Why your small business needs branding and how to build it
If you’re a startup or a relatively small business, you may not have thought about branding for your future just yet.
But branding isn’t just a huge buzzword reserved for giant corporations: it’s just as essential for SMEs. No matter what stage of growth your business is at, it’s important to perfect your branding from the bottom up.
But we understand that it can be tricky to know where to start.
We’ve rounded up advice from experts across the creative branding industry on how to begin your journey to establishing a strong, recognisable brand.
What is branding?
In a nutshell, branding is a business’s way of identifying who they are and what they do. It represents your values and the true core of who your business is.
Having a strong brand also helps you to build a good reputation. Whether you are starting out and have no reputation at all or are looking to improve the profile you already have, branding can help. It’s all about building expectations about your services or products, which in turn can encourage your staff to exceed them as they are motivated to live up to the name you have nurtured.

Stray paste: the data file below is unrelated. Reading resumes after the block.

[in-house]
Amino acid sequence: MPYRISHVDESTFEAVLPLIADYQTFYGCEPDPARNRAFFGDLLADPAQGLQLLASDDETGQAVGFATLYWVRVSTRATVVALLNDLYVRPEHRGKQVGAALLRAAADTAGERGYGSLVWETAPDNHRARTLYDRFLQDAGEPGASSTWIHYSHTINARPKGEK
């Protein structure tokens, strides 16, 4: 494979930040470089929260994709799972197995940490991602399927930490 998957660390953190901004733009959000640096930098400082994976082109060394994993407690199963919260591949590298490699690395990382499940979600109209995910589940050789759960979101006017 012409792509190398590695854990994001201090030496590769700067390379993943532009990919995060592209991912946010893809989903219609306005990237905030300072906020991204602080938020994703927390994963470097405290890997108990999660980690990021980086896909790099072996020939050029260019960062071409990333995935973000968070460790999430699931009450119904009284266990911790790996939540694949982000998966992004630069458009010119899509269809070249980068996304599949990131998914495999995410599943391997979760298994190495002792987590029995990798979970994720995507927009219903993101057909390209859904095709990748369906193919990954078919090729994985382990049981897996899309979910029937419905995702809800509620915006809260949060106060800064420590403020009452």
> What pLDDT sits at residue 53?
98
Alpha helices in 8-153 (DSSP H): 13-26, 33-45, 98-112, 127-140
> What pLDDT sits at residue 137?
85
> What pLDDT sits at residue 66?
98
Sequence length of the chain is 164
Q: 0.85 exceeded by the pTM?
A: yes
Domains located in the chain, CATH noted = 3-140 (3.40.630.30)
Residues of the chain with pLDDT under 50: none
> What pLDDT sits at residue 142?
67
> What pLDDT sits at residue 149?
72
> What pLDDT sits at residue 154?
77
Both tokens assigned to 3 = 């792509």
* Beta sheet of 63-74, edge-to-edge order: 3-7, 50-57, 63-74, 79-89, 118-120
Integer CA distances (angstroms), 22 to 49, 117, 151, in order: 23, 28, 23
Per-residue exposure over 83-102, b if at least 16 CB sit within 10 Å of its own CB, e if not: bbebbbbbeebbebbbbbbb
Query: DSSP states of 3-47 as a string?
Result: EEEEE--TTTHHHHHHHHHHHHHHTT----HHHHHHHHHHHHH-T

Why is branding important for small businesses?
The most successful companies keep branding at the very heart of everything they do. It’s a way of defining your business’s identity: it helps keep your core values at the forefront of your new ideas.
Not only will it keep your customers coming back for more, but it will also ensure that your employees feel more at home and loyal.
We can give you a few more reasons why branding is important for your small business:
- Recognition - When you see some of the most famous logos in the world, you instantly remember the name of the company, what they do, and what they stand for. While you may not achieve that status straight away, a strong brand will help you build a reputation as a recognisable, trustworthy company.
- Trust - Speaking of reputation, appearing professional and consistent in your branding improves your credibility amongst customers and prospects.